Does Parkinson’s start in the nose? International team awarded US$9 million ASAP grant to find out

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A Canadian-led international team hopes to determine whether scent-processing nerves that connect the inside of the nose to the brain may play a role in the development of Parkinson's disease.

More than 80 percent of people with Parkinson’s disease suffer from a reduced sense of smell, something that often occurs years before the onset of typical movement-related symptoms. Now, thanks to a US$9 million grant from the Aligning Science Across Parkinson’s (ASAP) initiative, a Canadian-led international team hopes to determine whether scent-processing nerves that connect the inside of the nose to the brain may play a role in the development of Parkinson's disease.

“While current treatments can help control some symptoms of Parkinson’s, we can’t stop this disease or even slow it down,” said team leader Dr. Michael Schlossmacher, a neurologist and a professor at the University of Ottawa Brain and Mind Research Institute as well as Director of The Ottawa Hospital’s Neuroscience Program. “This grant will allow us to explore an understudied but important aspect of Parkinson’s, which could lead to new approaches for early treatment and prevention.”

The team, which includes researchers from Germany and the United States in addition to Canada, will investigate possible links between environmental exposures in the nasal cavity, inflammation, odor processing centres in the brain and Parkinson’s-related genes, in both animal models and people.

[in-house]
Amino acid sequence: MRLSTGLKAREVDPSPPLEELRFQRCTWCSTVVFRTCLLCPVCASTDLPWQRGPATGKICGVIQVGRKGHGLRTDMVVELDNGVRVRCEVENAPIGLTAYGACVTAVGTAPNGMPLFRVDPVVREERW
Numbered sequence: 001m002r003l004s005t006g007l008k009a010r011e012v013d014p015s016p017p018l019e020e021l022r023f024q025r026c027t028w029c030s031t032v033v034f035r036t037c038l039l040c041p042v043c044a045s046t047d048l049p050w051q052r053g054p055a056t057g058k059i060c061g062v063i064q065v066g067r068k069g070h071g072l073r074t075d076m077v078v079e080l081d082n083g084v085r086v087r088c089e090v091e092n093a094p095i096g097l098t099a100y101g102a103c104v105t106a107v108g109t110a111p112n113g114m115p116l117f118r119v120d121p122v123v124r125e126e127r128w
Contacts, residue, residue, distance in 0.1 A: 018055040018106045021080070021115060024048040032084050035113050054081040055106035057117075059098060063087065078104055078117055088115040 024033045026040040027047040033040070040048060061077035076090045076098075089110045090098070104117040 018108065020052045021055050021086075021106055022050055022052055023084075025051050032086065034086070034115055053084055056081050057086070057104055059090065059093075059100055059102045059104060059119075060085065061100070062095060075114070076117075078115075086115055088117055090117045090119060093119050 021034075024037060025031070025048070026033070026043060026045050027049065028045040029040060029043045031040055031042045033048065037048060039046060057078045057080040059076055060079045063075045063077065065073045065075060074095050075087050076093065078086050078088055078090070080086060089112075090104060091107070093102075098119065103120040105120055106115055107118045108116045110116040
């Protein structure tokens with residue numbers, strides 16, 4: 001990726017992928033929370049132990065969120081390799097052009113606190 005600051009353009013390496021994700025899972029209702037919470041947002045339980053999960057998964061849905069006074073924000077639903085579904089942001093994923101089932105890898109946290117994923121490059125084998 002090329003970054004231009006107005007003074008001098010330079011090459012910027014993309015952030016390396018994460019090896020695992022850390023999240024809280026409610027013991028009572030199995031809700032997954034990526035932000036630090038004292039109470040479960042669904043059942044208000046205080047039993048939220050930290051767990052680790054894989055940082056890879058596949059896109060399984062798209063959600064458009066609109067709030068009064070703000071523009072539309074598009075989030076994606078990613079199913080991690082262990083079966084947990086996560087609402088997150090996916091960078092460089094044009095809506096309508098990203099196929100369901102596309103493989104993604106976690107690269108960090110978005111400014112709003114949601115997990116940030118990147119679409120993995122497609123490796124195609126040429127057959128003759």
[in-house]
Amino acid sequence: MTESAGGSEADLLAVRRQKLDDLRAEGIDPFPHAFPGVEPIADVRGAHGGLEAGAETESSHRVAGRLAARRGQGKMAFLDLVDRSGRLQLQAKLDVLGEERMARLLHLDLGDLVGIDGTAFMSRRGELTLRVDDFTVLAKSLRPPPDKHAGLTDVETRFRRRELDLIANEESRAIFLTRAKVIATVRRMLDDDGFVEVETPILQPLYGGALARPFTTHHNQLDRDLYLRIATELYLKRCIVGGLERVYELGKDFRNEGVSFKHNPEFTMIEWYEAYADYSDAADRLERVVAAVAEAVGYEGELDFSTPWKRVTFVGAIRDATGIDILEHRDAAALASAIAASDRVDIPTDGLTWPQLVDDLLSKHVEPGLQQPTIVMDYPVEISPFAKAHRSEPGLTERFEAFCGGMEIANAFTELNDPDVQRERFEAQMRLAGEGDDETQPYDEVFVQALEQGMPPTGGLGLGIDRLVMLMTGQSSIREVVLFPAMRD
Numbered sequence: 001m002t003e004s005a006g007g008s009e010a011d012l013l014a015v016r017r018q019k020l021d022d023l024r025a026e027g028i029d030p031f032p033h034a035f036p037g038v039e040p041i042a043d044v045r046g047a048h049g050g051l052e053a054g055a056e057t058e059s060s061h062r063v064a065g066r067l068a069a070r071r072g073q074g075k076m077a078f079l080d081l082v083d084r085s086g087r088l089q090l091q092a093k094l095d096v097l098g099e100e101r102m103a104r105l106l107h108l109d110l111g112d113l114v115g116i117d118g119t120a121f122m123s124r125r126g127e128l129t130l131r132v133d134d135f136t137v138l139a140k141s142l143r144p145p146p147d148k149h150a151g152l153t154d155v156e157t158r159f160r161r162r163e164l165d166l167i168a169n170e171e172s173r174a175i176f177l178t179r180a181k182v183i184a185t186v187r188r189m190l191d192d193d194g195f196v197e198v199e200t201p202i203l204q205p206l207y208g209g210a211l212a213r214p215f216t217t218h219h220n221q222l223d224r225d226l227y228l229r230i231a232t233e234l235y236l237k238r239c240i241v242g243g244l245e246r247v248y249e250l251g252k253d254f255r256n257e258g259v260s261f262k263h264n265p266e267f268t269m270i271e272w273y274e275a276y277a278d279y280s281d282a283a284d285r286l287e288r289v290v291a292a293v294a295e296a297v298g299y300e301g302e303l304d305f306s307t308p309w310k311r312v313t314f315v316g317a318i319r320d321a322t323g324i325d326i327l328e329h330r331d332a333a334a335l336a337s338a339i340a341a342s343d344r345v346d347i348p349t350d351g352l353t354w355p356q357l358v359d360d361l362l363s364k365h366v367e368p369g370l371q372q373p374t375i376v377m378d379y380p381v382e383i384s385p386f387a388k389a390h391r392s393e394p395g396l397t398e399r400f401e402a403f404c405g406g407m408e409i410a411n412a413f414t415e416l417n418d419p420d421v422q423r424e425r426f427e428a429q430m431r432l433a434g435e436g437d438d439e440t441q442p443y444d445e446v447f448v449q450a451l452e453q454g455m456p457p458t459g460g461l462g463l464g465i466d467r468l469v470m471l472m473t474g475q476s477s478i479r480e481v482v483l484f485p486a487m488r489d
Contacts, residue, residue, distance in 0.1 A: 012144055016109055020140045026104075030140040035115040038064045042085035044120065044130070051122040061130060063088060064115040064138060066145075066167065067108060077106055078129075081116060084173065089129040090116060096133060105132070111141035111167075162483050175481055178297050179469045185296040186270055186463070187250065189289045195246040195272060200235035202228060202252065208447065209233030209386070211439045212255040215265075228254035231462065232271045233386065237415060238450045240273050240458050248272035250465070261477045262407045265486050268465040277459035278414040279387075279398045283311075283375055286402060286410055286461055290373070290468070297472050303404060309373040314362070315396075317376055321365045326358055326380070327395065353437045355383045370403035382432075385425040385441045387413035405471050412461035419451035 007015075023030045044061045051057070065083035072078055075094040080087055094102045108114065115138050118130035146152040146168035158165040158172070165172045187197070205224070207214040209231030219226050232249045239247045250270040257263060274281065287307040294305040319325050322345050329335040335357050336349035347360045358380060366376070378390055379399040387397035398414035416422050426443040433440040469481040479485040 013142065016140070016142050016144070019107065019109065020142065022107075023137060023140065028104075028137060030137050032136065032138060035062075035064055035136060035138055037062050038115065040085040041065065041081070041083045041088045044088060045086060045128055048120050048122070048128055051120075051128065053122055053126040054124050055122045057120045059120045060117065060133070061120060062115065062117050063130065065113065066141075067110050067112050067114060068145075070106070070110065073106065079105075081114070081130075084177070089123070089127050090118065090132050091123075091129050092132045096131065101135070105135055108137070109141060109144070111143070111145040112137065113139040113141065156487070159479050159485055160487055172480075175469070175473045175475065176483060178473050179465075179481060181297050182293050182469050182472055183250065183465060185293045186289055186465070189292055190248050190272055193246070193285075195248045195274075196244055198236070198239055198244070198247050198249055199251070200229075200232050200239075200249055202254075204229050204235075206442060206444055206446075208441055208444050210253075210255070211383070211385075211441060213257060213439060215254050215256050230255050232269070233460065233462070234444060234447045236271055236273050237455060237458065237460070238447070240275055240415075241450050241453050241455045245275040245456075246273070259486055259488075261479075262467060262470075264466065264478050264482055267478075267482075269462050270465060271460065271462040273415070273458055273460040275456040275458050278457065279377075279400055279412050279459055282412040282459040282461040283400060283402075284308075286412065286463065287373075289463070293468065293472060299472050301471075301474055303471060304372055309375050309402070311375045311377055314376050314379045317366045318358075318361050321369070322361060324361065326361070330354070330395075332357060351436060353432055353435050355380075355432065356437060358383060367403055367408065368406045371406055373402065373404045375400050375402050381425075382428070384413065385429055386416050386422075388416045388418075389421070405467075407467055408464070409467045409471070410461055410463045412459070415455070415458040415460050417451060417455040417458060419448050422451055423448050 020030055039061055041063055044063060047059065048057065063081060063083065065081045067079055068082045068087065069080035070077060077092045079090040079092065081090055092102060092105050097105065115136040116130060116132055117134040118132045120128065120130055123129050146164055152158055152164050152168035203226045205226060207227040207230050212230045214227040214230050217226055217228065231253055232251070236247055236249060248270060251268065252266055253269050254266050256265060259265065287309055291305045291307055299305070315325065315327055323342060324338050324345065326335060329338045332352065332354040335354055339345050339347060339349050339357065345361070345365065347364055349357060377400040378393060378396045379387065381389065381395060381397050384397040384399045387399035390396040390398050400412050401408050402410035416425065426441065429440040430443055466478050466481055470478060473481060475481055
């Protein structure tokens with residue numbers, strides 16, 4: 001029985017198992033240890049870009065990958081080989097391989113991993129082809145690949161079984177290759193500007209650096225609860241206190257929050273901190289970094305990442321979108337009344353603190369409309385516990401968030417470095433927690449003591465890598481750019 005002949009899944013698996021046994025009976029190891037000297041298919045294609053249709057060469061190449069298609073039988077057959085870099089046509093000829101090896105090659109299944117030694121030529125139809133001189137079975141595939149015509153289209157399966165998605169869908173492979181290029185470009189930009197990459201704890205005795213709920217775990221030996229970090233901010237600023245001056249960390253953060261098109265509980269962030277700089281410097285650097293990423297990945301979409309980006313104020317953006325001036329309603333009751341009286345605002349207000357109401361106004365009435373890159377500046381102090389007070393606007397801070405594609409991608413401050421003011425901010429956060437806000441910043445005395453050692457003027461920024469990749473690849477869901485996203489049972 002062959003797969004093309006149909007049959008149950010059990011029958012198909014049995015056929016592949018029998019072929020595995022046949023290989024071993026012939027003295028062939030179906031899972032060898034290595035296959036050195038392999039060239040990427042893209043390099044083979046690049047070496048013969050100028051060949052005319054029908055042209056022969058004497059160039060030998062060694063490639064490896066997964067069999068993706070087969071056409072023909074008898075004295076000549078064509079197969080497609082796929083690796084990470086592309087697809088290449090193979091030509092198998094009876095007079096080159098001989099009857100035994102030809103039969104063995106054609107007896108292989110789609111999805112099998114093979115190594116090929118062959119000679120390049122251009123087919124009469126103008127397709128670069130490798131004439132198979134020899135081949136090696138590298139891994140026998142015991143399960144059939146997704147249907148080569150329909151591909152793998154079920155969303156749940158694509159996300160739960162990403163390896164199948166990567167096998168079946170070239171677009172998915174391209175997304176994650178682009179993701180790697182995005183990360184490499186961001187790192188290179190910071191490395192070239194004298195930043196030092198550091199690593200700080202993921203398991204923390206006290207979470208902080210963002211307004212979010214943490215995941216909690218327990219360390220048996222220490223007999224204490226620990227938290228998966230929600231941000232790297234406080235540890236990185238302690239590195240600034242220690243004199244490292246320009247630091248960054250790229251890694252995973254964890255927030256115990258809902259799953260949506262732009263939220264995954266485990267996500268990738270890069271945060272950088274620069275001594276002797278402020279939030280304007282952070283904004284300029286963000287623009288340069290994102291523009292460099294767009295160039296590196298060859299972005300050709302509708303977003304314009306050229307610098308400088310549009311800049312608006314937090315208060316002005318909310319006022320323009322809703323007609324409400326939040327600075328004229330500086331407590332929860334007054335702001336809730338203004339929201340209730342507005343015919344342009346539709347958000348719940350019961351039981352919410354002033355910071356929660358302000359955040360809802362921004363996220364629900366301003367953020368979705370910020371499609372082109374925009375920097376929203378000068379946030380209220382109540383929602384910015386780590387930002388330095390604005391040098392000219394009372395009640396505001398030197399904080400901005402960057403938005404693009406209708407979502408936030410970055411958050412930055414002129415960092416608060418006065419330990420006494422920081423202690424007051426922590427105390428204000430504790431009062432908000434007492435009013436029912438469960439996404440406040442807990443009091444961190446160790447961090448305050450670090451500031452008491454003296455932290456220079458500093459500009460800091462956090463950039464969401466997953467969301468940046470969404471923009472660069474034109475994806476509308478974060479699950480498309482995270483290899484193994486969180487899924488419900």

“We will test the idea that certain environmental triggers, such as viruses, may be able to start a chain reaction in the odor-sensing cells in the nose, resulting in the formation of clumps of a protein called alpha-synuclein,” said Dr. Schlossmacher, who is also the Bhargava Family Research Chair in Neurodegeneration at The Ottawa Hospital. “If so, we theorize that this process could gradually spread via connections throughout the brain, thereby promoting Parkinson’s, especially in people with multiple risk factors for the disease.”

Co-Investigators on the team include Dr. Brit Mollenhauer and Dr. Christine Stadelmann (from the University Medical Center Goettingen), Dr. Ben Arenkiel (from Baylor College of Medicine and Texas Children’s Hospital) and Dr. Maxime Rousseaux (from the University of Ottawa).

“If Parkinson’s does start in the nasal cavity, we might be able to detect early signs of the disease in nasal secretions,” said Dr. Mollenhauer, neurologist and associate professor at University Medical Center Goettingen. “Such a fluid-based biomarker would be invaluable for diagnosis and monitoring of Parkinson’s disease, as well as for clinical trials of new therapies.”

Additional collaborators on the grant include Dr. Zhandong Liu (Baylor College of Medicine), Dr. Natalina Salmaso (Carleton University), Dr. Josef Penninger (University of British Columbia), Dr. John Woulfe (University of Ottawa and The Ottawa Hospital) and Dr. Subash Sad (University of Ottawa).

“Each team selected for the Collaborative Research Network brings unique expertise and perspective to ASAP’s mission of tackling key knowledge gaps in disease understanding through open science,” said Ekemini Riley, PhD, ASAP Managing Director. “We are proud to partner with Dr. Schlossmacher and the other team members on this innovative and impactful project that will position the field closer to new treatments for the millions living with and at risk of Parkinson’s disease.”

“In line with ASAPs commitment to open science, we look forward to publishing all our results in open-access journals,” said Dr. Julianna Tomlinson, the scientific program manager for the international team, who also co-directs research in the Schlossmacher Lab at the University of Ottawa and The Ottawa Hospital. “Over the coming years, we will also share our protocols and data before any official publication, and participate in their collaborative network along with all the other ASAP-funded teams.”

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Dr. Michael Schlossmacher